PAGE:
Printer Hacking!
This info may seem a little out of place on this site, but some of you might find something educational in it. The EPROM character data from my printer was dumped and edited, and stuffed back into the printer.
In laymans terms, I modified the characters:
I went from this:
to this:

One day at work I decided our receipts were boring, so I set about sprucing them up with some keen ANSI boxes and lines. After a few minutes with my favourite DOS text editor, I printed a sample receipt and was horrified to learn our printer, a venerable Citizen iDP3540, didn't have an ANSI character set! Yanking the thing open, I pulled out the only socketed chip - a 256 kilobyte (32k) EPROM (Erasable Programmable Read Only Memory) and slapped it on ye olde EPROM reader. Dumping the contents and viewing them with a hex-viewer (shows data in hexadecimal notation) I was presented with this:

[- Hex Editor Screenshot -]

Naturally this didn't impress me, so I put this program, Tile Layer, to good use. Originally written to edit character set data when translating Nintendo ROMs, this program displayed the printer's EPROM data as a bitmap picture with a bit-depth of 1 (ie, two colours). It looked kind of like...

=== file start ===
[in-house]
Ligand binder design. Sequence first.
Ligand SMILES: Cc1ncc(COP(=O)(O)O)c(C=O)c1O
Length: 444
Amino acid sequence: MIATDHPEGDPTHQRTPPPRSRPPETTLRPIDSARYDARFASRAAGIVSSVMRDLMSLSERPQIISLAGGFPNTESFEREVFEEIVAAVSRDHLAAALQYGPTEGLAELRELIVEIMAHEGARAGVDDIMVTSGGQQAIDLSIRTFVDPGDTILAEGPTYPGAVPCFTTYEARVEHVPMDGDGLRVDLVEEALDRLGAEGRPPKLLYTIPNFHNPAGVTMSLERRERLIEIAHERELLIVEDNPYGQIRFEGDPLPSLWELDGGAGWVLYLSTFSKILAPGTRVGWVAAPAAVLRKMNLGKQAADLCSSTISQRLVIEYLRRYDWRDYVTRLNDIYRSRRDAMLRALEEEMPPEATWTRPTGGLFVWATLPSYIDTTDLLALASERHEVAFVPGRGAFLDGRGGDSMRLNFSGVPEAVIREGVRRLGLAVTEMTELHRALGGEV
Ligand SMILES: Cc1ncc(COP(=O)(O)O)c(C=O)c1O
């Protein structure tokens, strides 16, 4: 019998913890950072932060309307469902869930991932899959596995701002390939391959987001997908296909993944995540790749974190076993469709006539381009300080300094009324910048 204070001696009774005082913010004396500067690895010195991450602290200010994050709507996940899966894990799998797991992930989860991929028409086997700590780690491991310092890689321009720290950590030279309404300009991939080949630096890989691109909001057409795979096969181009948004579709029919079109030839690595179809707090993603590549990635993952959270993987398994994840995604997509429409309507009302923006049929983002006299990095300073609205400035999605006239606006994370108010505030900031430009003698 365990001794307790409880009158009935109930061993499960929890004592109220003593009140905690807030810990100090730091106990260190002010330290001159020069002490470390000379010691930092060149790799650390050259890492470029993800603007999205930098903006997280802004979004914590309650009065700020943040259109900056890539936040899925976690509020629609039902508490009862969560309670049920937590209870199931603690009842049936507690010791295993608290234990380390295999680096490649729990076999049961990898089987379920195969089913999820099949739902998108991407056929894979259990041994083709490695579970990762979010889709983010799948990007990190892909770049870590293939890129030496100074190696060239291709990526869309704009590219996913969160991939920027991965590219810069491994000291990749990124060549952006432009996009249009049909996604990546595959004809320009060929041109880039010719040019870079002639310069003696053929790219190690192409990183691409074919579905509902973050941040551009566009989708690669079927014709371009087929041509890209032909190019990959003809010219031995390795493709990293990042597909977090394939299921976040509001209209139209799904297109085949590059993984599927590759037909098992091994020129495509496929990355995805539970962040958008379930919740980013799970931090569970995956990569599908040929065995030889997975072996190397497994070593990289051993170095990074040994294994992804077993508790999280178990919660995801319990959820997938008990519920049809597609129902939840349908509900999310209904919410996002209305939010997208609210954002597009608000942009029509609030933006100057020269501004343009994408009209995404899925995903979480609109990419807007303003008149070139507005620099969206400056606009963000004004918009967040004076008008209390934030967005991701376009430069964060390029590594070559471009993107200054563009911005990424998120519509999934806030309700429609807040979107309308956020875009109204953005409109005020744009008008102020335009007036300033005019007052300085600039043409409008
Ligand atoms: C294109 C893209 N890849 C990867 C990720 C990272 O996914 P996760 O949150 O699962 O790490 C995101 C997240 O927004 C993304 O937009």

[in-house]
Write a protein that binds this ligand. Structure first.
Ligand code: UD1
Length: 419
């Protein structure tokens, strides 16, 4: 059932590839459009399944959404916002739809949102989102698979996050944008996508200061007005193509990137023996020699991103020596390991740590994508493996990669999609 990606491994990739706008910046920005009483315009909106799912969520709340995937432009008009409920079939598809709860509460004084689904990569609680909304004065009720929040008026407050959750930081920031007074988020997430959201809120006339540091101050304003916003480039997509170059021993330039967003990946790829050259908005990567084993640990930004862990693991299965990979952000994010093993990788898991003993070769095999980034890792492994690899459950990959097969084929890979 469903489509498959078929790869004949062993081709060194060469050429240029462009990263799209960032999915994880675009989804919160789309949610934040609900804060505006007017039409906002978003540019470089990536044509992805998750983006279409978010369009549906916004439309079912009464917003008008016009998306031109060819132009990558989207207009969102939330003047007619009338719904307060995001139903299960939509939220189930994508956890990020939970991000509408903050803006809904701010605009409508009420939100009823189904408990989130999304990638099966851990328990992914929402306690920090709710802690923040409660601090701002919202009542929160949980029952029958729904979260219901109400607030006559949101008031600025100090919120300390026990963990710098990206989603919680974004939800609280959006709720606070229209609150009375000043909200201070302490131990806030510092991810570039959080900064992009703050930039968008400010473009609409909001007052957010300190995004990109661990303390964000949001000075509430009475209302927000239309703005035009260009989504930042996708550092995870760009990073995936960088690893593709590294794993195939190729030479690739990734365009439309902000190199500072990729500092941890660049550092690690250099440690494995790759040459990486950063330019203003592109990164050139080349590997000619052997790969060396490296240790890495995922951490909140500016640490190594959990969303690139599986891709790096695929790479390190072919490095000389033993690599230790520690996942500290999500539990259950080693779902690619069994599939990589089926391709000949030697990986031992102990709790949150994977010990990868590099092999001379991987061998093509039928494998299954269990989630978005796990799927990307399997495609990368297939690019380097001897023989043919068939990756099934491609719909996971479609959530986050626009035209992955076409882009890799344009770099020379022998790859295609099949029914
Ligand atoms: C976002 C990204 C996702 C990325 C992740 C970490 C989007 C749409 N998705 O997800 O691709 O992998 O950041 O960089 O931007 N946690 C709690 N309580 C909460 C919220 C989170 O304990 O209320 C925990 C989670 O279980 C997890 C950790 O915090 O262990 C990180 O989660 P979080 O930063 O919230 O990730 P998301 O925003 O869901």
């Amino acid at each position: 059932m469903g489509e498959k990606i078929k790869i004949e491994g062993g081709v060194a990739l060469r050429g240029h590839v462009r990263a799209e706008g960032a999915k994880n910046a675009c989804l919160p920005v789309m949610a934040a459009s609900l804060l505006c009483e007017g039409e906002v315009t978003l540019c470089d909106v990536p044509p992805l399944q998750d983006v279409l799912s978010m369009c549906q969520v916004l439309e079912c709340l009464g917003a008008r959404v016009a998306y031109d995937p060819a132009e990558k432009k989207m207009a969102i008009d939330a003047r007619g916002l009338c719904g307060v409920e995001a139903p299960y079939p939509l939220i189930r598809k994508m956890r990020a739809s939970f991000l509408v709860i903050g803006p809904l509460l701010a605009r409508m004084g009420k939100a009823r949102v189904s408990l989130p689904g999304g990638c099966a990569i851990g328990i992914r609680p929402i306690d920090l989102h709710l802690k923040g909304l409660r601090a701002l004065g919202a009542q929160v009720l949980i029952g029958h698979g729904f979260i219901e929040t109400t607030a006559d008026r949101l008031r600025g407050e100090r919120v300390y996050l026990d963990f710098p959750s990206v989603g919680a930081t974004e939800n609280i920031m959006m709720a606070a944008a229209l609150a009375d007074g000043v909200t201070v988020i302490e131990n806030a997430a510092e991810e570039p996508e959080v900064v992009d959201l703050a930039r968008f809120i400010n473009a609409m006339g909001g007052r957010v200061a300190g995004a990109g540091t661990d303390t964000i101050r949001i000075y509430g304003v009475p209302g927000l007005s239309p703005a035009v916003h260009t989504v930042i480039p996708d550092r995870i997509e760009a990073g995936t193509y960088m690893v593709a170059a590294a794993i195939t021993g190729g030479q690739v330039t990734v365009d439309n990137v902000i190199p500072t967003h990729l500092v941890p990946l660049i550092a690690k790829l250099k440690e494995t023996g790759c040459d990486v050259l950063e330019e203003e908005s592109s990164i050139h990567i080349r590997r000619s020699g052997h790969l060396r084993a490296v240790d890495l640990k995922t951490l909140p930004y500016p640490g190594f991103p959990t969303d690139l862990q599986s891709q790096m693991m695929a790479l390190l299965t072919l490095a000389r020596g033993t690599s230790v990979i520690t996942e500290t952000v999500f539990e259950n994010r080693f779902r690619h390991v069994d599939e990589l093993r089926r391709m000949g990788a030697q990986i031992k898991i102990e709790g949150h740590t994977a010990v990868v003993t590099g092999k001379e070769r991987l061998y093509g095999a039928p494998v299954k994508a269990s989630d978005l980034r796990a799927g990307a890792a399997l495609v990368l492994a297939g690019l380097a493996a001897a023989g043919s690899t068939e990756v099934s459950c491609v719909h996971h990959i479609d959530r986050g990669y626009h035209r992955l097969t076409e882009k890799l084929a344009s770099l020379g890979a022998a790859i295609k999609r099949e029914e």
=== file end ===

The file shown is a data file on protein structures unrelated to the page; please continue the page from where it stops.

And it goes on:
[- Tile Layer Screenshot -]

It was kind of odd, each character was duplicated twice, with only half of the character on each tile. It was a relatively simple matter to replace the characters in the EPROM with ones of my own creation. I burned a new ROM, put it back in the printer, and presto! New characters!

[- Overview -]
Here are some of the changed characters,
including the nifty new 'E'

As you can see, the new fonts worked well but didn't touch vertically - something that I simply can't change by editing the character data. That unfortunately means I can't use the new character set - they look crappy. Feel free to download the ROM and Tile Layer software and hack away. If you come up with a decent new character set (don't touch the garbage-looking data!!!) email it to me!

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